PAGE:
Brazilian peppertree, Schinus terebinthifolia (มะตูมแขก ; madtuum khaaek)

By: Hanuman
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brazilian_peppertree

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Schinus terebinthifolia is a species of flowering plant in the cashew family, Anacardiaceae, that is native to subtropical and tropical South America. Common names include Brazilian peppertree, aroeira, rose pepper, broadleaved pepper tree, wilelaiki (or wililaiki), Christmasberry tree and Florida holly. The species name has been very commonly misspelled as ‘terebinthifolius’. [1]Wikipedia

Brazilian peppertree is a sprawling shrub or small tree, with a shallow root system, reaching a height of 7–10 m. The branches can be upright, reclining, or nearly vine-like, all on the same plant. Its plastic morphology allows it to thrive in all kinds of ecosystems: From dunes to swamps, where it grows as a semi-aquatic plant. The leaves are alternate, 10–22 cm long, pinnately compound with (3–) 5–152 leaflets; the leaflets are roughly oval (lanceolate to elliptical), 3–6 cm long and 2–3.5 cm broad, and have finely toothed margins, an acute to rounded apex and yellowish veins. The leaf rachis between the leaflets is usually (but not invariably) slightly winged. The plant is dioecious, with small white flowers borne profusely in axillary clusters. The fruit is a drupe 4–5 mm diameter, carried in dense clusters of hundreds. [2]Wikipedia

Brazilian pepper is widely grown as an ornamental plant in frost-free regions of South America for its foliage and fruit. In its native habitat it is a melliferous flower and is the main source of food for the stingless bee Tetragonisca angustula, which is an important honey producer in central America. [3]Wikipedia

Although it is not a true pepper (Piper), its dried drupes are often sold as pink peppercorns, as are the fruits from the related species Schinus molle (Peruvian peppertree). The seeds can be used as a spice, adding a pepper-like taste to food. They are usually sold in a dry state and have a bright pink color. They are less often sold pickled in brine, where they have a dull, almost green hue. [4]Wikipedia

Planted originally as an ornamental outside of its native range, Brazilian pepper has become widespread and is considered an invasive species in many subtropical regions with moderate to high rainfall, including parts or all of Australia, the Bahamas, Bermuda, southern China, Cuba, Fiji, French Polynesia, Guam, Hawaii, Malta, the Marshall Islands, Mauritius, New Caledonia, New Zealand, Norfolk Island, Puerto Rico, Réunion, South Africa and the United States. In drier areas, such as Israel and southern California, it is also grown, but has not generally proven invasive. In California, it is considered invasive in coastal regions by the California Invasive Plant Council. [5]Wikipedia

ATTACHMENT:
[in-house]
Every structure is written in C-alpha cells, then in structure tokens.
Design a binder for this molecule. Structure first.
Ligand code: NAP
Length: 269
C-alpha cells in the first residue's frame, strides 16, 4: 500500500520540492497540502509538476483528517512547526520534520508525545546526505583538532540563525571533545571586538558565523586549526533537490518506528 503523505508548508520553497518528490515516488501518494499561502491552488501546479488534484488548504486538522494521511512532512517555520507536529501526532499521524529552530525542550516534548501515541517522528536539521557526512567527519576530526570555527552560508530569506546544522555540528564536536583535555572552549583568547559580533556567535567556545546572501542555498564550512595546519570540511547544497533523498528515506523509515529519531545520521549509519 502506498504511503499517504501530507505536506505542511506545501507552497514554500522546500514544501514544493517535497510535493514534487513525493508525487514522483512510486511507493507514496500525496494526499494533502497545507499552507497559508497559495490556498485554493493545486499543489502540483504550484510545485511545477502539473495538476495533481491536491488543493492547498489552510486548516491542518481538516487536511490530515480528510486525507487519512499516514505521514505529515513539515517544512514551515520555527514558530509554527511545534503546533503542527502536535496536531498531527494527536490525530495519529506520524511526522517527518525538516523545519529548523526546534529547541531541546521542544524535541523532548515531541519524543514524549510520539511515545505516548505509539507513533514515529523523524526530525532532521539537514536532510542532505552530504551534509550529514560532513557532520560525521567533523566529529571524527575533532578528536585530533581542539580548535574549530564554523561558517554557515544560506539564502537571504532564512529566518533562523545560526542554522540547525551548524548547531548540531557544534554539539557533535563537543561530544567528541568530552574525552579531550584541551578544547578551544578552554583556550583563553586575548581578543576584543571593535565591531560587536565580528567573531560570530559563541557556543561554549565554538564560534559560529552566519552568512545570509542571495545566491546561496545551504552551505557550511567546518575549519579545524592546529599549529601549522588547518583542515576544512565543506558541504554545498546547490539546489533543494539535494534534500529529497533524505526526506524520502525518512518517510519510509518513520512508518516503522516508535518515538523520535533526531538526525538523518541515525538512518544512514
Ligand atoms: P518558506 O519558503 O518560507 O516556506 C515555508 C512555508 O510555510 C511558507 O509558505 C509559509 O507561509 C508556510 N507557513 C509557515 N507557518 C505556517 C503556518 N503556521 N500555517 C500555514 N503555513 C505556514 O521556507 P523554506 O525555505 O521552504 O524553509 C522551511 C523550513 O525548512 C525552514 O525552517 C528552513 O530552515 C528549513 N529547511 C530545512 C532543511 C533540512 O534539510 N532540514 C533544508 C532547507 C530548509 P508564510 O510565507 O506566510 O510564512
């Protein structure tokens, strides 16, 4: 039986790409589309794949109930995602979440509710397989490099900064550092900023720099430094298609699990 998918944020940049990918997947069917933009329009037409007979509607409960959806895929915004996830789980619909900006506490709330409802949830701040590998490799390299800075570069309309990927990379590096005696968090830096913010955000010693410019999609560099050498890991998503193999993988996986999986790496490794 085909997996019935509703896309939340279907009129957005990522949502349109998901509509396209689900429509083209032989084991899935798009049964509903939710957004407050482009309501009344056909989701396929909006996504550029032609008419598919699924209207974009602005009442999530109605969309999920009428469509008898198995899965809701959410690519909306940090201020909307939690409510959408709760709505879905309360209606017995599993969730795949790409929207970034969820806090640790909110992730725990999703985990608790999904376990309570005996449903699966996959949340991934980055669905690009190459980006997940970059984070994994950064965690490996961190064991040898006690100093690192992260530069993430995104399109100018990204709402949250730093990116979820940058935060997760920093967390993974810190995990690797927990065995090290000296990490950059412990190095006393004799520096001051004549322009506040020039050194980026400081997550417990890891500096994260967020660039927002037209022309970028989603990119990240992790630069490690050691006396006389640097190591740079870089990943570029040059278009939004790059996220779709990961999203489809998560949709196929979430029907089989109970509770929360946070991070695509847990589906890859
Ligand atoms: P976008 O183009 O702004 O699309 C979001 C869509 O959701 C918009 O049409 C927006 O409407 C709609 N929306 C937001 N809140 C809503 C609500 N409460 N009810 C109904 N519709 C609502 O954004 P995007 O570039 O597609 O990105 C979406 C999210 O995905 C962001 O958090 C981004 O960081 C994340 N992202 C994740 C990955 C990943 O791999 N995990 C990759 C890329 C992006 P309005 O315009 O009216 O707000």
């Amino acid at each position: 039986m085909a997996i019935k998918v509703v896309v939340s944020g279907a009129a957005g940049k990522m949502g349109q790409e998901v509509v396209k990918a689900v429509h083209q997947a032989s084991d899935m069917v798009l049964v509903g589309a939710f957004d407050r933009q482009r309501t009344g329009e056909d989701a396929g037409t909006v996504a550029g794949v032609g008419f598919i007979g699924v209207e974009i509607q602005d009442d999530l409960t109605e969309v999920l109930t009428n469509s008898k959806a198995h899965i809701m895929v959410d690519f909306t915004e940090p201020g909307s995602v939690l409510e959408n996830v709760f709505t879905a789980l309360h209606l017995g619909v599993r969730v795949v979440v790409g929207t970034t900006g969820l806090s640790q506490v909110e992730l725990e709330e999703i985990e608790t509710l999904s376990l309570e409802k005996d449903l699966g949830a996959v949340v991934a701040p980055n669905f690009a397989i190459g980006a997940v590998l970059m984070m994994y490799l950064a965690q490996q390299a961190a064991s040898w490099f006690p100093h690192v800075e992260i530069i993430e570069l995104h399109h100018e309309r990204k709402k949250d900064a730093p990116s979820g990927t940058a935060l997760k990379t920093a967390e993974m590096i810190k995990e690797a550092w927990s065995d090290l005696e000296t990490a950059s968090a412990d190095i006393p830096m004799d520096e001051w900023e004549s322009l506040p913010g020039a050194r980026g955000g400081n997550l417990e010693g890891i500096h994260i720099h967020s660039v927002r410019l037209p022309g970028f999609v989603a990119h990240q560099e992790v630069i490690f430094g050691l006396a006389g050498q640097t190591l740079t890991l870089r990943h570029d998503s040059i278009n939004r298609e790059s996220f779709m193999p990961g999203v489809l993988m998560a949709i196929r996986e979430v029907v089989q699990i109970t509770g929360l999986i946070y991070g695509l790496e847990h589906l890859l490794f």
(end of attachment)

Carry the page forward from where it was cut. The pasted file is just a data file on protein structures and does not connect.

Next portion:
Brazilian pepper is hard to control because it produces basal shoots if the trunk is cut. Trees also produce abundant seeds that are dispersed by birds and ants. This same hardiness makes the tree highly useful for reforestation in its native environment, but enables it to become invasive outside of its natural range. [6]Wikipedia

Toxicity
Like many other species in the family Anacardiaceae, Brazilian pepper has an aromatic sap that can cause skin reactions (similar to poison ivy burns) in some sensitive people – although the reaction is usually weaker than that induced by touch of the closely related Lithraea molleoides, known in Brazil as “wild” aroeira (aroeira brava). Conversely, Schinus terebinthifolia is commonly known as “tame” aroeira (aroeira mansa). [7]Wikipedia

In a paper on triterpenes, the ingested fruits are noted to have a “paralyzing effect” on birds. The narcotic and toxic effects on birds and other wildlife has also been noted by others, e.g., Bureau of Aquatic Plant Management. The AMA Handbook of Poisonous and Injurious Plants reports that the triterpenes found in the fruits can result in irritation of the throat, gastroenteritis, diarrhea, and vomiting. Like most other members of the Anacardiaceae, Brazilian pepper contains active alkenyl phenols, e.g., urushiol, cardol, which can cause contact dermatitis and inflammation in sensitive individuals. Contact with the “sap” from a cut or bruised tree can result in rash, lesions, oozing sores, severe itching, welts and reddening and swelling (especially of the eyes). [8]Wikipedia

The burning of plant matter releases many airborne irritants, so it is not an effective means of control. It is said to have a “mace-like” effect upon nearby people and is highly advised against. [9]Wikipedia

History
Also known as “Florida holly”, Schinus terebinthifolia was introduced to Florida by at latest 1891, probably earlier, where it has spread rapidly since about 1940, replacing native plants, like mangroves, with thousands of acres occupied. It is especially adept at colonizing disturbed sites and can grow in both wet and dry conditions. Its growth habit allows it to climb over understory trees and invade mature canopies, forming thickets that choke out most other plants. [10]Wikipedia

The information on this website has been compiled from reliable sources, such as reference works on medicinal plants. It is not a substitute for medical advice or treatment and Thaifoodmaster does not purport to provide any medical advice.

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